Lincoln City’s City Council will meet in a workshop this week to debate whether to join with Newport, Lincoln County and a number of fire districts in a consolidated 9-1-1 dispatch service to help lower Lincoln City’s dispatch costs. Currently Lincoln City has its own police and fire 9-1-1 dispatch center housed in the police department. Since the city is in the process of planning for a new police building, they’re exploring consolidating dispatch services with Willamette Valley Communications Center based in Salem which now dispatches all other emergency services in Lincoln County except for Toledo. Contracting with WVCC would give police more room in their new building since they wouldn’t have to house their current 9-1-1 operations. Dispatching would also include North Lincoln Fire and Rescue.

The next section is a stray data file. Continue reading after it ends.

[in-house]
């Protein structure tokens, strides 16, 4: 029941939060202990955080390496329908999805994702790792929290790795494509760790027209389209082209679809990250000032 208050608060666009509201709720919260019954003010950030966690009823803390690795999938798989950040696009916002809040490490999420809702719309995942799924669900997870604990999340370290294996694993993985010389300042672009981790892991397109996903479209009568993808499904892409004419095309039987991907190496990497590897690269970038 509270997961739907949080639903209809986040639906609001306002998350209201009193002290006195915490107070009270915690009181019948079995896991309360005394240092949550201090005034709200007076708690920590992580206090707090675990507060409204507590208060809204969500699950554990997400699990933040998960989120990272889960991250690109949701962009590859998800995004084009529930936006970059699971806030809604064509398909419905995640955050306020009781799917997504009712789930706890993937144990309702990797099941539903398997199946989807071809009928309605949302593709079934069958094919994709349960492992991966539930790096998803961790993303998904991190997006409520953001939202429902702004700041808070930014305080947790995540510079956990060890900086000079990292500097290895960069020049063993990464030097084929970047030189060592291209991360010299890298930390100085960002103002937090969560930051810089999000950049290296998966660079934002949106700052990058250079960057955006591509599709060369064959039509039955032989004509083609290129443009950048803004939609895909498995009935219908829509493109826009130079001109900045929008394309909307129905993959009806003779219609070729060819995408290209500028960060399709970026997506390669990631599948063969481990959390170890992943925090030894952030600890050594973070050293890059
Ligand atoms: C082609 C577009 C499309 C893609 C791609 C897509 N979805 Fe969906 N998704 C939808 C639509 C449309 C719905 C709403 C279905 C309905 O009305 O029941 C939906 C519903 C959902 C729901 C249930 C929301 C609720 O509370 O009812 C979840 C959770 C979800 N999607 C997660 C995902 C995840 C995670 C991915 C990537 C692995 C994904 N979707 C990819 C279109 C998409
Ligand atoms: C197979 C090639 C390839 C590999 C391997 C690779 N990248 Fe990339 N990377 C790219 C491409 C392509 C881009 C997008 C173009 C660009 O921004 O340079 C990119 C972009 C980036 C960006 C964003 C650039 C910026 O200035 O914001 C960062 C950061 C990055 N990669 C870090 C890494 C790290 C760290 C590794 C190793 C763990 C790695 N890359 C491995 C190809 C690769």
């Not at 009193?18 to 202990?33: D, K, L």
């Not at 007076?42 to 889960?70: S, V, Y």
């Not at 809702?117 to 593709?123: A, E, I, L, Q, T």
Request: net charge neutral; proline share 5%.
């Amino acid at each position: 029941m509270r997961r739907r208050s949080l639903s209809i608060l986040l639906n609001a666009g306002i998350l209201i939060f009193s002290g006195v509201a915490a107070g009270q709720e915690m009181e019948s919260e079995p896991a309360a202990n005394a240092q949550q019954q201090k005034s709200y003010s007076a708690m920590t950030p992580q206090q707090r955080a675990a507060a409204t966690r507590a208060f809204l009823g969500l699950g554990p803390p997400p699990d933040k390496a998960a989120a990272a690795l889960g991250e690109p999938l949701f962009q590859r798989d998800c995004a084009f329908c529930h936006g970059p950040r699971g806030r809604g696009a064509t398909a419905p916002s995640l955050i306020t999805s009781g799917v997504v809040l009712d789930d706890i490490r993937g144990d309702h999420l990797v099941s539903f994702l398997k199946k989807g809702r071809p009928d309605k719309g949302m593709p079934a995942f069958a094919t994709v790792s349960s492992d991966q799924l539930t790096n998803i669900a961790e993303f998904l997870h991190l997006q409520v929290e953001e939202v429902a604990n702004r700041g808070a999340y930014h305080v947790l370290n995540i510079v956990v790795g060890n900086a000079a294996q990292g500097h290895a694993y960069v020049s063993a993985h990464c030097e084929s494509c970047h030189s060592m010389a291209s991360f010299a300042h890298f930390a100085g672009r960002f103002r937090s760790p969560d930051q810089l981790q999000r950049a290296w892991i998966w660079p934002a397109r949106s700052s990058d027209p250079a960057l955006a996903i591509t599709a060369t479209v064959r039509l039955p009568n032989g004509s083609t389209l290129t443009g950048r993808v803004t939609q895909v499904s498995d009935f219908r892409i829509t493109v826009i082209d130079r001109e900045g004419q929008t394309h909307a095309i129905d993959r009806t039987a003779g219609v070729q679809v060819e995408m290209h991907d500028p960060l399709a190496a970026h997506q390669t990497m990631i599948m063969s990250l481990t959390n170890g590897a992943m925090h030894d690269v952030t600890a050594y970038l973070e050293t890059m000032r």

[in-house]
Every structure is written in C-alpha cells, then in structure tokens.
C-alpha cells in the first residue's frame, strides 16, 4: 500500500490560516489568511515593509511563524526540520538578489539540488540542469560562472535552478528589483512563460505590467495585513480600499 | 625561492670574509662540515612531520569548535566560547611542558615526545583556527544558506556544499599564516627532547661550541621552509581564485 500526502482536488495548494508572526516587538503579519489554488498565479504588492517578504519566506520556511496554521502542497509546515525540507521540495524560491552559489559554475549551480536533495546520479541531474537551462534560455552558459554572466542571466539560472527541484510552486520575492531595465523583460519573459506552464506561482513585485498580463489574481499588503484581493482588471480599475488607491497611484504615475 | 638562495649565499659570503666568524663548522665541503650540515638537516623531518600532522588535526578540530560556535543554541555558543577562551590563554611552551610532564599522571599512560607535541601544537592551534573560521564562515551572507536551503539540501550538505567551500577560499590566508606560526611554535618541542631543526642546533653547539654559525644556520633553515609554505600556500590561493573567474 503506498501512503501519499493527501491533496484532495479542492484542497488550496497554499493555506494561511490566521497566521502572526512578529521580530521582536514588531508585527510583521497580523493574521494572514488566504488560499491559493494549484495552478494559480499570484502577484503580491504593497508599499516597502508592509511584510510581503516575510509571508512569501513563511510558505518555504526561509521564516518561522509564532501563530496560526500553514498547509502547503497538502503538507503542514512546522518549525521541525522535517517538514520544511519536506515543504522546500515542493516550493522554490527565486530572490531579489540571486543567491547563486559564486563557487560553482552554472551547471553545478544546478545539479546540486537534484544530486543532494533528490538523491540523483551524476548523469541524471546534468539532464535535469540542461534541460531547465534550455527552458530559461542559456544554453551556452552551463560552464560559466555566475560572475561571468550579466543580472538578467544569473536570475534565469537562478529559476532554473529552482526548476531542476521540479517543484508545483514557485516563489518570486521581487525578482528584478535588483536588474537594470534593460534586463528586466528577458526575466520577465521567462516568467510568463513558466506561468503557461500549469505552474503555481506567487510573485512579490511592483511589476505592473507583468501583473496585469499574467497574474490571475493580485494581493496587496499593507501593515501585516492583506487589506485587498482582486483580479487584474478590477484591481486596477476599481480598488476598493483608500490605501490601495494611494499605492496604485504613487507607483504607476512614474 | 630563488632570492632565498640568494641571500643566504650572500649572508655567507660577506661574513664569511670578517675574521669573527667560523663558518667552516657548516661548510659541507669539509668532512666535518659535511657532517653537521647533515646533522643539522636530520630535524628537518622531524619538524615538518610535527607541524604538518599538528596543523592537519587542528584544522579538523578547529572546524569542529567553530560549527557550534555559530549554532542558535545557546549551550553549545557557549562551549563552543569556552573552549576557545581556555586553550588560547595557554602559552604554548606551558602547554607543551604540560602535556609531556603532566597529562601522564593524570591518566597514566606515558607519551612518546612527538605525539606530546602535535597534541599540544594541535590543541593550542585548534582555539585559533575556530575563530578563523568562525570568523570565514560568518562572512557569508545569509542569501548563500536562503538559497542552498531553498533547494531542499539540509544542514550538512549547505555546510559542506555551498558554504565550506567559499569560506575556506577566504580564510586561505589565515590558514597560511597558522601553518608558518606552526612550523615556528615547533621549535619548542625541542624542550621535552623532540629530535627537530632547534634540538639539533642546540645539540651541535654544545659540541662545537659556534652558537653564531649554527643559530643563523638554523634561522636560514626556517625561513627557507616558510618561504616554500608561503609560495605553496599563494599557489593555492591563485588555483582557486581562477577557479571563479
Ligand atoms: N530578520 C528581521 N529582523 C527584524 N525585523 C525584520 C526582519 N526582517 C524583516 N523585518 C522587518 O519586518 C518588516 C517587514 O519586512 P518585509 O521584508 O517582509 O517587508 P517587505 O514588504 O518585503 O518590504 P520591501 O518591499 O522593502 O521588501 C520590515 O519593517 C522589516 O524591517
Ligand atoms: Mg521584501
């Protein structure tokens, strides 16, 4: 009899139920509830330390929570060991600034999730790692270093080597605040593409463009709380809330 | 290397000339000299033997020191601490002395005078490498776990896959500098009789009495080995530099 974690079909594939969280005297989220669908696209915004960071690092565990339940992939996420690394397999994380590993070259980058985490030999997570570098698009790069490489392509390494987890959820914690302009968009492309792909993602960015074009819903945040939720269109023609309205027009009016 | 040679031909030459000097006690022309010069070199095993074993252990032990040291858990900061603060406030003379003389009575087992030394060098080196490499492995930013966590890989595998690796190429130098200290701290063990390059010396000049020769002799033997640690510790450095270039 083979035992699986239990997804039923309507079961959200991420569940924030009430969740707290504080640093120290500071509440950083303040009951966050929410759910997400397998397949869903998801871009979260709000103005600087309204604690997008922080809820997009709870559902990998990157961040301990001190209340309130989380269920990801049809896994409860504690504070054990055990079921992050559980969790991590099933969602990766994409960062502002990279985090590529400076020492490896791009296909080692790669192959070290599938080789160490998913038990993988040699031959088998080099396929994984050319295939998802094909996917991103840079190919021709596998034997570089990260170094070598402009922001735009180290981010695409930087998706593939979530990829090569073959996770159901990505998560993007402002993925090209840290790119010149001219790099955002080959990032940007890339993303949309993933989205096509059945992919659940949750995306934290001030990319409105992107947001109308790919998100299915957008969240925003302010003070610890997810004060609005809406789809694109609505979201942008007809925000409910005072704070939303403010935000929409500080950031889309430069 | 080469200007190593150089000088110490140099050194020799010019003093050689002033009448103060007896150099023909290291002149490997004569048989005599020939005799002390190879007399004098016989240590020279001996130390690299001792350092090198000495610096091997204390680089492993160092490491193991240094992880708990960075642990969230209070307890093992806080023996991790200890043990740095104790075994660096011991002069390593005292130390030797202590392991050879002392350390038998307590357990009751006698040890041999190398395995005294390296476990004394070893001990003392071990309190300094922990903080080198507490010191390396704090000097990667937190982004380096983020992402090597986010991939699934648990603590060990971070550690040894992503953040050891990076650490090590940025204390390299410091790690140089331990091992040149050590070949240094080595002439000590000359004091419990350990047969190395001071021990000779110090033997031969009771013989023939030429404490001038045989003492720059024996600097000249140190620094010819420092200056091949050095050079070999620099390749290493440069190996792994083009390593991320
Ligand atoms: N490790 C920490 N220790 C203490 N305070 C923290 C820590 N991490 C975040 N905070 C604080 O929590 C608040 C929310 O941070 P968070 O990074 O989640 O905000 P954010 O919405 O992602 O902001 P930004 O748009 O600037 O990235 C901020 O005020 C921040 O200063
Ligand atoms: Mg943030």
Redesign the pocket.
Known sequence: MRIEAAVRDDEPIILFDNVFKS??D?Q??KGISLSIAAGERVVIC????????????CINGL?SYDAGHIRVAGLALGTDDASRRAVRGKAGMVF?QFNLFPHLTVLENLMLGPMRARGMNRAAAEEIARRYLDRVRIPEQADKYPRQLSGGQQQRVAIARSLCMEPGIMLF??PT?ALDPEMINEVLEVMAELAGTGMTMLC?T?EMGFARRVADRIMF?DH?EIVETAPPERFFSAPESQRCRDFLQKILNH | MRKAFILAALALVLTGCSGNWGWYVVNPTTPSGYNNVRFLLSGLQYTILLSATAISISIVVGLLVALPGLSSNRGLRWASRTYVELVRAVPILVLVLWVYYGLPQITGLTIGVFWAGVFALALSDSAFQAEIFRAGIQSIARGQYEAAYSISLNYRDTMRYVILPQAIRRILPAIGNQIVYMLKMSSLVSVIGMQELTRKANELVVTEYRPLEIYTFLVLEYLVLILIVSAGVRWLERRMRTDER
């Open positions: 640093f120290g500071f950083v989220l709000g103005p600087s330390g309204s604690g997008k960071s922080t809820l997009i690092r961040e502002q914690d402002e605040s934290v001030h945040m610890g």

Lincoln City’s change of heart about teaming up with WVCC stems from increased redundancy in the system, in that there is now two fiber optic links to the main 9-1-1 switching centers in the valley; Sheridan and now Eugene so if one goes down, the other can handle the load.
By consolidating with WVCC it’s estimated that Lincoln City would save nearly $287,000 a year in dispatching costs. That number is, however, just an estimate at this point according to Police Chief Steven Buchard. Chief Buchard also indicated that it is the city’s position that a back-up dispatch center for Lincoln County be located somewhere in Lincoln City. However, other sites have also been mentioned by Newport and Toledo. But again, Toledo has chosen not to consolidated with WVCC. It is not known whether not being awarded 9-1-1 back-up in Lincoln City would be a deal-breaker for Lincoln City.
The council workshop is scheduled for 2pm, Tuesday, at City Hall’s northwest conference room, across from the city manager’s office.